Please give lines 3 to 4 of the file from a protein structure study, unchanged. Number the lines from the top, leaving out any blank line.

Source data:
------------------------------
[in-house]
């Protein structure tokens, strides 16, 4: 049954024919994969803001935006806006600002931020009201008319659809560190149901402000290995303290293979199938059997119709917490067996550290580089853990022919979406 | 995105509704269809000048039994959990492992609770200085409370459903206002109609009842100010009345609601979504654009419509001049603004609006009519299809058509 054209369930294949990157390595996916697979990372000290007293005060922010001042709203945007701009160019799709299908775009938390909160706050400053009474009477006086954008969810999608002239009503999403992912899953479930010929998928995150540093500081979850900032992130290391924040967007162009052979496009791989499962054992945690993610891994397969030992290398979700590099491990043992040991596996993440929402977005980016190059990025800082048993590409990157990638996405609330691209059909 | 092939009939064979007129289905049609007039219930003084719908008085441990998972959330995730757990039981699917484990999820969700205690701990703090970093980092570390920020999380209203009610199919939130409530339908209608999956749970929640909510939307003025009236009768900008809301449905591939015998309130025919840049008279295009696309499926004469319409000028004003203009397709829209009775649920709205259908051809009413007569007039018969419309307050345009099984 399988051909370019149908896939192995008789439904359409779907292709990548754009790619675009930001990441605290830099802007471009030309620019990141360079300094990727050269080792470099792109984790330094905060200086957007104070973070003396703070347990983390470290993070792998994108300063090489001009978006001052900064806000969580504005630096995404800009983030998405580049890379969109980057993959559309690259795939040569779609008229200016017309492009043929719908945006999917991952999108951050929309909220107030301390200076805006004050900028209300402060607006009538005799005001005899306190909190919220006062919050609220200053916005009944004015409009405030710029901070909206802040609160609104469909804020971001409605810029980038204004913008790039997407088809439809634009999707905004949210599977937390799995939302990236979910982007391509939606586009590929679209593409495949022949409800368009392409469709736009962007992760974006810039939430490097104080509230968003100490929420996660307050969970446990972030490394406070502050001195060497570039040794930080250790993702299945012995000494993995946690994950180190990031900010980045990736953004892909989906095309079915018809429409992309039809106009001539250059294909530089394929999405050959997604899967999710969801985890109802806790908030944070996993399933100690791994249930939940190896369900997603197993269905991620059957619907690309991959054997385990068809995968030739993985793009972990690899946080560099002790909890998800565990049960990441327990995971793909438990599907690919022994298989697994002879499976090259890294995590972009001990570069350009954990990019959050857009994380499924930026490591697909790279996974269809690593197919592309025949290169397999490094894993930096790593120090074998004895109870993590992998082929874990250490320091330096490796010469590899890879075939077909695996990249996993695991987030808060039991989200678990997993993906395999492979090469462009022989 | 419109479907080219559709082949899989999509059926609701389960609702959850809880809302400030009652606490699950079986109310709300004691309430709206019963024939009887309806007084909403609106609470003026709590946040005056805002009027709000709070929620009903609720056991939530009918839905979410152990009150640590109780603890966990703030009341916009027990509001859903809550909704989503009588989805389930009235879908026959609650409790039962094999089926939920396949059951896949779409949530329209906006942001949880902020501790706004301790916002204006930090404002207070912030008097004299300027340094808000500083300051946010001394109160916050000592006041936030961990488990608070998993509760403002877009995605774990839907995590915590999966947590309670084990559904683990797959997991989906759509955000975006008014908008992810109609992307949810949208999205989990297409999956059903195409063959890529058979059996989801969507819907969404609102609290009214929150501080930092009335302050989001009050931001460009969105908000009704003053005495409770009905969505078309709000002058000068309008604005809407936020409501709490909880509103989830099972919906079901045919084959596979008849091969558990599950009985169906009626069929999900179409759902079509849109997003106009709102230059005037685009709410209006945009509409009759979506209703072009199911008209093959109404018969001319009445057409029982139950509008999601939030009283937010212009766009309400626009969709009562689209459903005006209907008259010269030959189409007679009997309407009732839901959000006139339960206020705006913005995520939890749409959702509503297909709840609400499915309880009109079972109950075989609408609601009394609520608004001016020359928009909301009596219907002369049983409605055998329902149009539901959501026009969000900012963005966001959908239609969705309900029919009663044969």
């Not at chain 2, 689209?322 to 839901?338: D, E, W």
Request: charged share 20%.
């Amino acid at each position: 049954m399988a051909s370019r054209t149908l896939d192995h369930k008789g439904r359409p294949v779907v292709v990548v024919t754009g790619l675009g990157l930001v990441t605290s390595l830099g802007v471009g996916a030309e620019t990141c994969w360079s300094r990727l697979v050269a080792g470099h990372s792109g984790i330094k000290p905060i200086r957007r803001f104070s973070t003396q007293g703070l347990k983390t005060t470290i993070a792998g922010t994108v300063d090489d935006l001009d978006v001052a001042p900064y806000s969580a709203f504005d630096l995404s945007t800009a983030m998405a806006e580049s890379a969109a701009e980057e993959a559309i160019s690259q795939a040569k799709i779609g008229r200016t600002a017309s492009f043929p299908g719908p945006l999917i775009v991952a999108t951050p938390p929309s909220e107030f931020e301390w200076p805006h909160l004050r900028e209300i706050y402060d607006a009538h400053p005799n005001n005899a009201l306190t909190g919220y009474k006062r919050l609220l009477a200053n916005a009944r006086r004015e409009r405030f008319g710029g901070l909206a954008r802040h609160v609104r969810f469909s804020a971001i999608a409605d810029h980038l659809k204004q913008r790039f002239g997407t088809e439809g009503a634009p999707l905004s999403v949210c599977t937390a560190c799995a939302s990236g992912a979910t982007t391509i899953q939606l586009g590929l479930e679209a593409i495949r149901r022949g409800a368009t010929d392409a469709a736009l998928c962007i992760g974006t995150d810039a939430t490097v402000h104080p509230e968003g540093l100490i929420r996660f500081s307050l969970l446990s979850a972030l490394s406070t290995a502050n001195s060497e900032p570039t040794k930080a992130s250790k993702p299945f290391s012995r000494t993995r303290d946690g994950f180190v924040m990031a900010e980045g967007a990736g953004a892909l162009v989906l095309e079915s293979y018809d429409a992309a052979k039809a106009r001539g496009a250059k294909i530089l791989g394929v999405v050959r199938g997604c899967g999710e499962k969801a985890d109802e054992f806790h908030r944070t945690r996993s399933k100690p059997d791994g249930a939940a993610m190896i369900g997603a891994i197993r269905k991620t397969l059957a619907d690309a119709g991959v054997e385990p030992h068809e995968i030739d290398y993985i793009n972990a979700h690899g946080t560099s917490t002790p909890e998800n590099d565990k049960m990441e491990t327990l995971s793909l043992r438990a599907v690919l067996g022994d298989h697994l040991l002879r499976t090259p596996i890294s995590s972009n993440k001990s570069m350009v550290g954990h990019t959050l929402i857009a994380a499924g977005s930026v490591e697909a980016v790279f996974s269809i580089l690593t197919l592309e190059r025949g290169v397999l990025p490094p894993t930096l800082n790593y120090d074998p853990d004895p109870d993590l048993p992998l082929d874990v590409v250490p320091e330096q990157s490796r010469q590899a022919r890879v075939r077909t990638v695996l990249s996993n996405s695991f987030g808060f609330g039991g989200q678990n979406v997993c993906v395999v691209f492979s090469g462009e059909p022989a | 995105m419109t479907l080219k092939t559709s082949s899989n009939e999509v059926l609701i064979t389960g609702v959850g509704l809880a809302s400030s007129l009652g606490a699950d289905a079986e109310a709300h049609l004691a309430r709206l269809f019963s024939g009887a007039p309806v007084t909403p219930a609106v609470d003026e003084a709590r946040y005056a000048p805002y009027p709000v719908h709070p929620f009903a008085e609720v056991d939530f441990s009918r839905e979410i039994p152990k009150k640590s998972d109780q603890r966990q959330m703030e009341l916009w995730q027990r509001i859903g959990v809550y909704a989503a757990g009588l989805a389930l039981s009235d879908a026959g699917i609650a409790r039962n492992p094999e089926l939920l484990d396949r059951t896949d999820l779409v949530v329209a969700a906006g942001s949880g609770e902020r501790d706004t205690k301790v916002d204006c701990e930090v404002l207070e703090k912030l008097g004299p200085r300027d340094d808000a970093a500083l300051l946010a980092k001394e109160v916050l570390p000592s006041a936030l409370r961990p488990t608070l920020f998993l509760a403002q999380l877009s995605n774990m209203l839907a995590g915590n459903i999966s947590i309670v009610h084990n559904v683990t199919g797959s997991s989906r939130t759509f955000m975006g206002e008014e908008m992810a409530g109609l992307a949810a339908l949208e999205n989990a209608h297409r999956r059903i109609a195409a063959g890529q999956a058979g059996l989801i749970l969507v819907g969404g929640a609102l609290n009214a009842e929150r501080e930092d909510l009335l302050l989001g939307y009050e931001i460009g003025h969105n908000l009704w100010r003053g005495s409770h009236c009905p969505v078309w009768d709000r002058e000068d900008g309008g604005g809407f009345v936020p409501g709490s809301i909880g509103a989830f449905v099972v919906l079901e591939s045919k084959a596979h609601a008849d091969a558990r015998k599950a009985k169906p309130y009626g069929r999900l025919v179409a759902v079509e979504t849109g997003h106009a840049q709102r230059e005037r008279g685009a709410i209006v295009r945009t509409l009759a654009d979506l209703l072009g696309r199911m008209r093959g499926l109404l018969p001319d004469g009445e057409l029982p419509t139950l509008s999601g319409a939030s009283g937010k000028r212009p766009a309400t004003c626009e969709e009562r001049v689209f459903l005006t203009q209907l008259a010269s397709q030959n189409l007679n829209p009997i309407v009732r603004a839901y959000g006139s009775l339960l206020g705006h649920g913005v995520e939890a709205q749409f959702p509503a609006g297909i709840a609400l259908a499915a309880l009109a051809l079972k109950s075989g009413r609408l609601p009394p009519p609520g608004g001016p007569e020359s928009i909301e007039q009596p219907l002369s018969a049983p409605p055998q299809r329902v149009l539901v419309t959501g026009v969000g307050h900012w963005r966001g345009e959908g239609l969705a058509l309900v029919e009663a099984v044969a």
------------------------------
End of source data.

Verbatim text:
């Not at chain 2, 689209?322 to 839901?338: D, E, W």
Request: charged share 20%.